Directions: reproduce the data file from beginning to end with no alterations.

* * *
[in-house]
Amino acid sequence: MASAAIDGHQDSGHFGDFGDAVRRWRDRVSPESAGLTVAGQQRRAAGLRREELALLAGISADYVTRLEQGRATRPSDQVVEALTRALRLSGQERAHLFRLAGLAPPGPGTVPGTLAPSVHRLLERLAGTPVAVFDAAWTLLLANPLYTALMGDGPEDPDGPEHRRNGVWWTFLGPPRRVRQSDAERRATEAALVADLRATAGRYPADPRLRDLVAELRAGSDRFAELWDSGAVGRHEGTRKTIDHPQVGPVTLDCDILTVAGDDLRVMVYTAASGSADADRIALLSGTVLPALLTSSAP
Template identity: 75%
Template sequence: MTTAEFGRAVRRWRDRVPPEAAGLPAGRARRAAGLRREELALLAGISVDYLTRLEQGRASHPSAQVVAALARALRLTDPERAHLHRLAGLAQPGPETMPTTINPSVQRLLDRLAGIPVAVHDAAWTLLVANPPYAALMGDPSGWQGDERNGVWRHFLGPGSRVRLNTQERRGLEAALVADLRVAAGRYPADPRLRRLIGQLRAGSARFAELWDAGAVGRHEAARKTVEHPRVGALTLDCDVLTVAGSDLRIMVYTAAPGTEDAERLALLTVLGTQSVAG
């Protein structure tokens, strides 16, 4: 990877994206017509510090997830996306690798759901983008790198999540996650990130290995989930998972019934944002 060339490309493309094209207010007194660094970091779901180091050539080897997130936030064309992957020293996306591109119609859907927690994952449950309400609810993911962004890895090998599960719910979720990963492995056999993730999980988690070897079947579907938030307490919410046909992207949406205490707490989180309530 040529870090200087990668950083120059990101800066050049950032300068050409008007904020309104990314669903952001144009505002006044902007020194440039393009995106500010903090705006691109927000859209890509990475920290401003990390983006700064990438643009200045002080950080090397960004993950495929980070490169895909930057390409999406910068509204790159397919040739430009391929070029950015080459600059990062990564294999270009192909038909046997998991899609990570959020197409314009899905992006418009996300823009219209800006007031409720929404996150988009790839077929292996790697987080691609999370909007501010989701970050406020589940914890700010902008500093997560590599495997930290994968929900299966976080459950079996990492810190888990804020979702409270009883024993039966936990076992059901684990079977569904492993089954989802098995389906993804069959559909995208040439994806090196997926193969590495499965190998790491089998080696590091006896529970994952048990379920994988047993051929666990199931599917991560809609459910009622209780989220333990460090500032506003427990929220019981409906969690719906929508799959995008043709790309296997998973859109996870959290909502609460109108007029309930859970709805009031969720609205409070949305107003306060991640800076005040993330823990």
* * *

[in-house]
Amino acid sequence: MASAAIDGHQDSGHFGDFGDAVRRWRDRVSPESAGLTVAGQQRRAAGLRREELALLAGISADYVTRLEQGRATRPSDQVVEALTRALRLSGQERAHLFRLAGLAPPGPGTVPGTLAPSVHRLLERLAGTPVAVFDAAWTLLLANPLYTALMGDGPEDPDGPEHRRNGVWWTFLGPPRRVRQSDAERRATEAALVADLRATAGRYPADPRLRDLVAELRAGSDRFAELWDSGAVGRHEGTRKTIDHPQVGPVTLDCDILTVAGDDLRVMVYTAASGSADADRIALLSGTVLPALLTSSAP
Template identity: 75%
Template sequence: MTTAEFGRAVRRWRDRVPPEAAGLPAGRARRAAGLRREELALLAGISVDYLTRLEQGRASHPSAQVVAALARALRLTDPERAHLHRLAGLAQPGPETMPTTINPSVQRLLDRLAGIPVAVHDAAWTLLVANPPYAALMGDPSGWQGDERNGVWRHFLGPGSRVRLNTQERRGLEAALVADLRVAAGRYPADPRLRRLIGQLRAGSARFAELWDAGAVGRHEAARKTVEHPRVGALTLDCDVLTVAGSDLRIMVYTAAPGTEDAERLALLTVLGTQSVAG
């Protein structure tokens, strides 16, 4: 990877994206017509510090997830996306690798759901983008790198999540996650990130290995989930998972019934944002 060339490309493309094209207010007194660094970091779901180091050539080897997130936030064309992957020293996306591109119609859907927690994952449950309400609810993911962004890895090998599960719910979720990963492995056999993730999980988690070897079947579907938030307490919410046909992207949406205490707490989180309530 040529870090200087990668950083120059990101800066050049950032300068050409008007904020309104990314669903952001144009505002006044902007020194440039393009995106500010903090705006691109927000859209890509990475920290401003990390983006700064990438643009200045002080950080090397960004993950495929980070490169895909930057390409999406910068509204790159397919040739430009391929070029950015080459600059990062990564294999270009192909038909046997998991899609990570959020197409314009899905992006418009996300823009219209800006007031409720929404996150988009790839077929292996790697987080691609999370909007501010989701970050406020589940914890700010902008500093997560590599495997930290994968929900299966976080459950079996990492810190888990804020979702409270009883024993039966936990076992059901684990079977569904492993089954989802098995389906993804069959559909995208040439994806090196997926193969590495499965190998790491089998080696590091006896529970994952048990379920994988047993051929666990199931599917991560809609459910009622209780989220333990460090500032506003427990929220019981409906969690719906929508799959995008043709790309296997998973859109996870959290909502609460109108007029309930859970709805009031969720609205409070949305107003306060991640800076005040993330823990």